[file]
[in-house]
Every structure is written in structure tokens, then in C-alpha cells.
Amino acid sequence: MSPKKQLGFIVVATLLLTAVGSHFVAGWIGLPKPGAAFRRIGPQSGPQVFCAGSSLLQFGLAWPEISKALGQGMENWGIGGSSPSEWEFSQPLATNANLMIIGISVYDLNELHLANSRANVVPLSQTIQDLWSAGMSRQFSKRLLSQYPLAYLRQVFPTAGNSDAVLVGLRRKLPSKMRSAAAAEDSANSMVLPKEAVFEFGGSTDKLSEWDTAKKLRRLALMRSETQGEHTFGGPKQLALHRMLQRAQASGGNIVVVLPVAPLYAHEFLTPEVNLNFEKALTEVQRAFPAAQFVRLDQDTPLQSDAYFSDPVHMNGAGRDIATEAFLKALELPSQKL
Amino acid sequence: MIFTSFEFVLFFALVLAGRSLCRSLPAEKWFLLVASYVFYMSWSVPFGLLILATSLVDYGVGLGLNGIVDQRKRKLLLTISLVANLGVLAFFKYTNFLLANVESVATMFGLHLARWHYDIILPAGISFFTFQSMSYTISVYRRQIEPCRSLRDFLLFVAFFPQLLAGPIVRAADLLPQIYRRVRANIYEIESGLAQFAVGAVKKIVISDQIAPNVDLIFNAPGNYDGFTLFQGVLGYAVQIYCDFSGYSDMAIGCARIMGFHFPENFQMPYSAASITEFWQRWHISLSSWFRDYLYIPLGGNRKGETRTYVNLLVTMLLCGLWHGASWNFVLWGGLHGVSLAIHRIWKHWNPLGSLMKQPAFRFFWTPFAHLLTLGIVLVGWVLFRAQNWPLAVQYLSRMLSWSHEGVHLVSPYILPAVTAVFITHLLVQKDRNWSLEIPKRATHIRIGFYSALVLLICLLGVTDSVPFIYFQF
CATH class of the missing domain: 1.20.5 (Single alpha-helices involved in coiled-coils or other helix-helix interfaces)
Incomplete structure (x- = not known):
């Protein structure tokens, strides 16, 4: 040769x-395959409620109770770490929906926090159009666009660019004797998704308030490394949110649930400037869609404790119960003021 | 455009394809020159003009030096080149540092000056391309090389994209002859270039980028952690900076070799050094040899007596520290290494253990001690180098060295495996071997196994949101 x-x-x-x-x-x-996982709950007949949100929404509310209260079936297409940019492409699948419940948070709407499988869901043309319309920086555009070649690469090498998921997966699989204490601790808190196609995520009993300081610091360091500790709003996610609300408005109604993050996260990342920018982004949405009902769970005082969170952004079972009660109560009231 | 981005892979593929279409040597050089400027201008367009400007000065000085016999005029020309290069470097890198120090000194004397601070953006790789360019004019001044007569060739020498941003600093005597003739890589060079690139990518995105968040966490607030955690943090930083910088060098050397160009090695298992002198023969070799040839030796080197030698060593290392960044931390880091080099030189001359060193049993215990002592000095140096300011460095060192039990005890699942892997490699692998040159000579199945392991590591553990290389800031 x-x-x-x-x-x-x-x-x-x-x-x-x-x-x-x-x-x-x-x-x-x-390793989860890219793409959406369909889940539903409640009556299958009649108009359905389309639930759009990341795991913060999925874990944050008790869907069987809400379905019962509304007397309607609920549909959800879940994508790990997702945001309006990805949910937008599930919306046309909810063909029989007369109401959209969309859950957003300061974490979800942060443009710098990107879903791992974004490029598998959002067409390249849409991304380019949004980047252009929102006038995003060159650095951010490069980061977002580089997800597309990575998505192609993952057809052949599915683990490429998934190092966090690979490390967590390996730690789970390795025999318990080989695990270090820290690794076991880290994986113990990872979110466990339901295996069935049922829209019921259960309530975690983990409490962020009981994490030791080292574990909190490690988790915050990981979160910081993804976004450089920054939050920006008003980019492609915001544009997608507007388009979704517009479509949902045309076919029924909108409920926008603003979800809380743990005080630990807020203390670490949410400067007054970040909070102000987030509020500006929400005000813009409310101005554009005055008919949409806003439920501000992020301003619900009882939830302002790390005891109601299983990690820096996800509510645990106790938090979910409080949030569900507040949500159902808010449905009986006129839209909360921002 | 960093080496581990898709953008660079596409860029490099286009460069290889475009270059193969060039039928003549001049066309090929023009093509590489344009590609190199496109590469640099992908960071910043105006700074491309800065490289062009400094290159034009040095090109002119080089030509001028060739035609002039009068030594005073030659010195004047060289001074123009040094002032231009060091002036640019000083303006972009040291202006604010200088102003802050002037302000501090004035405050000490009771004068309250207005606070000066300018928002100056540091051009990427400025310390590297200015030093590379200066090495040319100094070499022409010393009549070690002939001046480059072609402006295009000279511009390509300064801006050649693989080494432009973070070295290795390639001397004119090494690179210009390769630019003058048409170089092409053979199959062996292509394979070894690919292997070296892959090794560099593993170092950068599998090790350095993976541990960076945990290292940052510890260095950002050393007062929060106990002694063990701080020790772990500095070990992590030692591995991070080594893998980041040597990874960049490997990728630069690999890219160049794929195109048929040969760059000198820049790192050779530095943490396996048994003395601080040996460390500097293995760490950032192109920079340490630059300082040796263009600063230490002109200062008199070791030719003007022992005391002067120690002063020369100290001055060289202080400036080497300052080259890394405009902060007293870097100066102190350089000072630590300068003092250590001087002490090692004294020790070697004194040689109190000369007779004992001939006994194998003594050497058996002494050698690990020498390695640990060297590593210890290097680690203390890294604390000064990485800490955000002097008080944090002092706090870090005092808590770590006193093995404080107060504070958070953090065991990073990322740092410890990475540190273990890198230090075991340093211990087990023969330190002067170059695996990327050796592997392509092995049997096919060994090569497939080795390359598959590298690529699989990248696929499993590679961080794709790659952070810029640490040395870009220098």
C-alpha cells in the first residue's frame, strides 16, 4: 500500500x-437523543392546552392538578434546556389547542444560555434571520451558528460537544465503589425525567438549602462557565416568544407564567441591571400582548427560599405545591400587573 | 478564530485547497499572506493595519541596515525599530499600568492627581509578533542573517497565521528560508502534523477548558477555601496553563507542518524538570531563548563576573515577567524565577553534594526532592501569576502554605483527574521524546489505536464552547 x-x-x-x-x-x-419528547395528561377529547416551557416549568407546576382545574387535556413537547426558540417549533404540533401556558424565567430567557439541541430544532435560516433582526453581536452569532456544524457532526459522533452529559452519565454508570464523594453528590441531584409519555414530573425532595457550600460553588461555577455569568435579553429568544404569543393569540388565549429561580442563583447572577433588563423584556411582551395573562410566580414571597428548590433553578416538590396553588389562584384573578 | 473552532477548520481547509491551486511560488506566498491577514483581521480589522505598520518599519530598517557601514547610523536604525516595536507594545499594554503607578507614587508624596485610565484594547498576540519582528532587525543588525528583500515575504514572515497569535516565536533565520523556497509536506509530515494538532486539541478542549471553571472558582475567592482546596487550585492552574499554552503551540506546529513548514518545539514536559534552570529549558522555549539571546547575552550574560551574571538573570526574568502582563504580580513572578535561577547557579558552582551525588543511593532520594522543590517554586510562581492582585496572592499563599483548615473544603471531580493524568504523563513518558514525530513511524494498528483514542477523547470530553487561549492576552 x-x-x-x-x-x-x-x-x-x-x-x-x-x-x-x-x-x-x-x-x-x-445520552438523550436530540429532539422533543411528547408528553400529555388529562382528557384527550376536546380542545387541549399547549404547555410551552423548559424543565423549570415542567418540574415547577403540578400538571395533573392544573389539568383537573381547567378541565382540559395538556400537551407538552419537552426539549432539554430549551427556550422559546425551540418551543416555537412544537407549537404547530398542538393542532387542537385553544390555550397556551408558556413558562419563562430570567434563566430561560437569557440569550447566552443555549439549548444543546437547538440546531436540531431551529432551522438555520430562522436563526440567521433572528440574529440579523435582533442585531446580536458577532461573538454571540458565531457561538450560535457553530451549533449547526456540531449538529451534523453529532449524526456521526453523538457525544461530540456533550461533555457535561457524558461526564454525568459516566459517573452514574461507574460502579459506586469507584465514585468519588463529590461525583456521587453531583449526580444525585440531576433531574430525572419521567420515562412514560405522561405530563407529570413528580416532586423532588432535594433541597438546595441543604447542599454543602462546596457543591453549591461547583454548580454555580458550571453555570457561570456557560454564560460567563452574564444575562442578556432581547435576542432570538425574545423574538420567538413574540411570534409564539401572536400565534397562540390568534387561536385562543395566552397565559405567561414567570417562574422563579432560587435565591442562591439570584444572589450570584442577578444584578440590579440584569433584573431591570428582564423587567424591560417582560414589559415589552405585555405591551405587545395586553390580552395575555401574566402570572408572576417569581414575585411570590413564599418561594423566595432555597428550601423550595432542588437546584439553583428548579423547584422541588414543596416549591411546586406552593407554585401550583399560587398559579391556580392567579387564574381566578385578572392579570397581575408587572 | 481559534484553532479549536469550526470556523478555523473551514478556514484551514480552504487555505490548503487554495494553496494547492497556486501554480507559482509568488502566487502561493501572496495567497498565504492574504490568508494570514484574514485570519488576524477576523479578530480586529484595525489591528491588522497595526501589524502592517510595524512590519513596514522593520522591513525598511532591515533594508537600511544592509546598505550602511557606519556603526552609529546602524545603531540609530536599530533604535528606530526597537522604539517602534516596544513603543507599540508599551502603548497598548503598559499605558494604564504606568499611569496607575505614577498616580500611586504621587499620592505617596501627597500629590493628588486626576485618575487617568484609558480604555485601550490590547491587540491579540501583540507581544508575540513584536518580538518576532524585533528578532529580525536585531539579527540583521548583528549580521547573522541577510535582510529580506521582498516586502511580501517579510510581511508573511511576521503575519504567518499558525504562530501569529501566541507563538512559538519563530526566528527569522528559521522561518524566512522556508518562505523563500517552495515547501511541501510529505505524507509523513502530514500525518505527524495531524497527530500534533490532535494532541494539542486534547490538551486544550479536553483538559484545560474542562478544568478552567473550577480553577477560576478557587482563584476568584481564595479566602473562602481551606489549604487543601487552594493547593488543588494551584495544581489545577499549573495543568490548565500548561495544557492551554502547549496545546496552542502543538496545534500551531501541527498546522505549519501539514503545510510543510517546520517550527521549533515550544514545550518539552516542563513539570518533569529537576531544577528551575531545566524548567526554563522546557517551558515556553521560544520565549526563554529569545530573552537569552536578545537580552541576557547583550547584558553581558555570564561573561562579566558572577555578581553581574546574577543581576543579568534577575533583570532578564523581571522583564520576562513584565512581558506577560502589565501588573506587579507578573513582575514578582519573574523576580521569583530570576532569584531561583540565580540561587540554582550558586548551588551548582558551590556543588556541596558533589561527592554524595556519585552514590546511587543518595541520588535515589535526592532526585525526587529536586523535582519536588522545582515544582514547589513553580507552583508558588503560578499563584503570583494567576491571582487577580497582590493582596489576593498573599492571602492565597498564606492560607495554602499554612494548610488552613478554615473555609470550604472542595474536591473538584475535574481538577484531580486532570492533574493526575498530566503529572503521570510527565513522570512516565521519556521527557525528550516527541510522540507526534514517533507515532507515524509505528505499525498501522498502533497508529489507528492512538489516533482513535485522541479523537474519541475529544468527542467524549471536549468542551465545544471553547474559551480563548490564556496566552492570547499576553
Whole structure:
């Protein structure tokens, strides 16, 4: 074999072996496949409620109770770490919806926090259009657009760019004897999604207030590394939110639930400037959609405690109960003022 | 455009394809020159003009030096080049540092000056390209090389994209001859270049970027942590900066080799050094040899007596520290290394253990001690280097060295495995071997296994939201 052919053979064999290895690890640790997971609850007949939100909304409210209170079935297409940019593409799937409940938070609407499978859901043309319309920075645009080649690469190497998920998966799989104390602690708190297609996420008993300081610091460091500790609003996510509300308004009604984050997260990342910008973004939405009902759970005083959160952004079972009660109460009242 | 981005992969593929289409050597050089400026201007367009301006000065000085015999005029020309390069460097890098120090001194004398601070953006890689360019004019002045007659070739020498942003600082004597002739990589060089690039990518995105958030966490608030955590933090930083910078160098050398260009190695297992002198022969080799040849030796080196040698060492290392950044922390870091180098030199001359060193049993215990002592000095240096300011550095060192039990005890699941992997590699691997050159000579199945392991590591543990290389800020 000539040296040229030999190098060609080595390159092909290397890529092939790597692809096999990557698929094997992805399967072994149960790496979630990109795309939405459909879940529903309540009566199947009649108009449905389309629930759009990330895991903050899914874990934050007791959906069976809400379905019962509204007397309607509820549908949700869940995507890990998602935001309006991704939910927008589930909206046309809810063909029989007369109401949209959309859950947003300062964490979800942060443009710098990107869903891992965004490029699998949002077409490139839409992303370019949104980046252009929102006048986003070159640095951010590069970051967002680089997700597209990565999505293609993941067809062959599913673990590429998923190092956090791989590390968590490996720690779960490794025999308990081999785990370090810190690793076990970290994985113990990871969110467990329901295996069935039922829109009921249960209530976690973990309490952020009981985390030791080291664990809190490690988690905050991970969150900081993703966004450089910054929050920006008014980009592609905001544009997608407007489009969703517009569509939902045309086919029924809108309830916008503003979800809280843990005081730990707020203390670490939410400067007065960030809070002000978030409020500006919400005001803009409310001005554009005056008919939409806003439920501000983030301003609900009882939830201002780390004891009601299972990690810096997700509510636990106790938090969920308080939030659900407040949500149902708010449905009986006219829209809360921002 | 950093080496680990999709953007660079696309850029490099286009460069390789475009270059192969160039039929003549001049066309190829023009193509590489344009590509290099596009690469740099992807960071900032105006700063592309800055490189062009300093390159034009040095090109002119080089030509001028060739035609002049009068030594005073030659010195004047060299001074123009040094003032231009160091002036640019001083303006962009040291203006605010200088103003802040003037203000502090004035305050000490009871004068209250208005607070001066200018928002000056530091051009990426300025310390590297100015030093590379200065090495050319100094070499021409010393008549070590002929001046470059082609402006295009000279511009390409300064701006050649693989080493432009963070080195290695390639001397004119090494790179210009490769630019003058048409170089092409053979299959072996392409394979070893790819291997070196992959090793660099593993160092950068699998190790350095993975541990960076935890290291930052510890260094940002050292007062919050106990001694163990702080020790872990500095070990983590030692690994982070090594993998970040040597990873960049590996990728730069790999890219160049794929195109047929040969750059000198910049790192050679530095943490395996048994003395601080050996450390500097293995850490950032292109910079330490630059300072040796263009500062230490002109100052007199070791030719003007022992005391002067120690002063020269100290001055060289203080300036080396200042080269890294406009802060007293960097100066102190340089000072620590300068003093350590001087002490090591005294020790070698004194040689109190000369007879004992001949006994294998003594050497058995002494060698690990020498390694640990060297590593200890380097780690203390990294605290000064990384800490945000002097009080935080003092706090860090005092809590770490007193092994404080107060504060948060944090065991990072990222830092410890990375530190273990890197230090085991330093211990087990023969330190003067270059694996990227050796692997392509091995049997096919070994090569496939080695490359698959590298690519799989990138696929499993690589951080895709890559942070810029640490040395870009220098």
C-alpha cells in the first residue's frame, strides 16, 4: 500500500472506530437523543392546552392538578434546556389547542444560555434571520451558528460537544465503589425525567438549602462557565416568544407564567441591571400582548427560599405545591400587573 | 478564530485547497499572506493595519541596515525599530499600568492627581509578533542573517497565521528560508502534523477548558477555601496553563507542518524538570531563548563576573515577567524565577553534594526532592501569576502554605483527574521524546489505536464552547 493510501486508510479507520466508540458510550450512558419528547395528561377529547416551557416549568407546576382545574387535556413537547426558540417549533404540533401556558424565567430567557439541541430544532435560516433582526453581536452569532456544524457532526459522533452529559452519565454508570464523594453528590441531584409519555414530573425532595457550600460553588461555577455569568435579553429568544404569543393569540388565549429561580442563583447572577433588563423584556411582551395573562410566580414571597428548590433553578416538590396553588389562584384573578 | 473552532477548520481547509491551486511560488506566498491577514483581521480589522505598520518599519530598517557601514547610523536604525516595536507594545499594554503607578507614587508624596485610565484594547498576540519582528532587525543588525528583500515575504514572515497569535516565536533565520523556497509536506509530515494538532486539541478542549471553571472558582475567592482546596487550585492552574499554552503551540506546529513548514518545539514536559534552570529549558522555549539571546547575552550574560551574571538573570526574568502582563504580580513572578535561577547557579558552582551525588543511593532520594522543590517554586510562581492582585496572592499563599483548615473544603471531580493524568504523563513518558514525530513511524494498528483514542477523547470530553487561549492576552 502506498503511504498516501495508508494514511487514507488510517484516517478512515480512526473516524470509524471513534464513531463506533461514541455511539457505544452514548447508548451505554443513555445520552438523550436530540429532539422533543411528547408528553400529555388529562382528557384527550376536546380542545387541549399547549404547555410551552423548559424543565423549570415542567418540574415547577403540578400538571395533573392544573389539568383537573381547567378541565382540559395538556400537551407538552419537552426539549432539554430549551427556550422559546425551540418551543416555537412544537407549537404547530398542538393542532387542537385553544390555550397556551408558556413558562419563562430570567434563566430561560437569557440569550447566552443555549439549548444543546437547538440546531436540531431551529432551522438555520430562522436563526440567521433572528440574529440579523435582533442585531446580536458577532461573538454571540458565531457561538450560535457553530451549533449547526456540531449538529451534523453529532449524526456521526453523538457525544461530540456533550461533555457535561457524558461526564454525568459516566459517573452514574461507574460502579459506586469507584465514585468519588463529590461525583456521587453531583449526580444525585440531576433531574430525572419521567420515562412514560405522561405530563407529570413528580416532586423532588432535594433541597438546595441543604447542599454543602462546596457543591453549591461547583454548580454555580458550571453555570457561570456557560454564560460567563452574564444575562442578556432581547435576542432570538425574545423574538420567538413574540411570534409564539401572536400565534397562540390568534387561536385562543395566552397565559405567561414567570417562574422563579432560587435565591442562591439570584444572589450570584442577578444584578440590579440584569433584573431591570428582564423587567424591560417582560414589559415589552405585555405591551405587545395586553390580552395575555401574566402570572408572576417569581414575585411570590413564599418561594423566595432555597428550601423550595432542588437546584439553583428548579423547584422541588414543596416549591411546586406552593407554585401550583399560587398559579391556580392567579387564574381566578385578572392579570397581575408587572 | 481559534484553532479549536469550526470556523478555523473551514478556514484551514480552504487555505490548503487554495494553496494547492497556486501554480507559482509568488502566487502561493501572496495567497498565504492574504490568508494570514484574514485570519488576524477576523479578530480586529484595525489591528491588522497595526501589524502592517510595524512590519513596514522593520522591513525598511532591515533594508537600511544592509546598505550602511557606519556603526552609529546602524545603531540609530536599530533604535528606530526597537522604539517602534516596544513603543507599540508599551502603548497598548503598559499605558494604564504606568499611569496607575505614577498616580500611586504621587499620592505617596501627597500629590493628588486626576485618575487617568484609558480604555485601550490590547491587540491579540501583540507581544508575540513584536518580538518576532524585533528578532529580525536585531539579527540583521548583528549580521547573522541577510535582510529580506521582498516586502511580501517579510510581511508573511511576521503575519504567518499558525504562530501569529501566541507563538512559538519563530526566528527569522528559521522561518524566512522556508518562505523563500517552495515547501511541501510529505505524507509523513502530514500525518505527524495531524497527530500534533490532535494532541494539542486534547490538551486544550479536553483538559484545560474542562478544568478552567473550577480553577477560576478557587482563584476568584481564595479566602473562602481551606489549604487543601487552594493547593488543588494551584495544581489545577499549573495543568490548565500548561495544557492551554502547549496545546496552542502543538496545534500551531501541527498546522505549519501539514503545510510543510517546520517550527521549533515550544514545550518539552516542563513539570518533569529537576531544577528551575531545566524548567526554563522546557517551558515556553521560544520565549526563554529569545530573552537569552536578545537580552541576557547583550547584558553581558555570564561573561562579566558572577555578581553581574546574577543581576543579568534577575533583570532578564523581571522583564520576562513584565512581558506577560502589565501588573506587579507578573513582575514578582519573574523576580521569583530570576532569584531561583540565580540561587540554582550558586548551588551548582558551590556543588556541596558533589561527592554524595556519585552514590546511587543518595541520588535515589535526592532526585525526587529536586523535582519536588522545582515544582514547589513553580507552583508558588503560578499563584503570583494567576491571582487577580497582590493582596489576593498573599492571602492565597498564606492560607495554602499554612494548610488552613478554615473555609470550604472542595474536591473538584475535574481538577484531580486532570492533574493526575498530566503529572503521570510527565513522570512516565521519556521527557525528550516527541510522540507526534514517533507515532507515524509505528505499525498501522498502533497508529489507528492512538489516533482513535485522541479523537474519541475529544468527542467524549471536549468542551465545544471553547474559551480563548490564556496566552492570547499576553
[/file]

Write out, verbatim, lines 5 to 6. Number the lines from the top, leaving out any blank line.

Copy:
CATH class of the missing domain: 1.20.5 (Single alpha-helices involved in coiled-coils or other helix-helix interfaces)
Incomplete structure (x- = not known):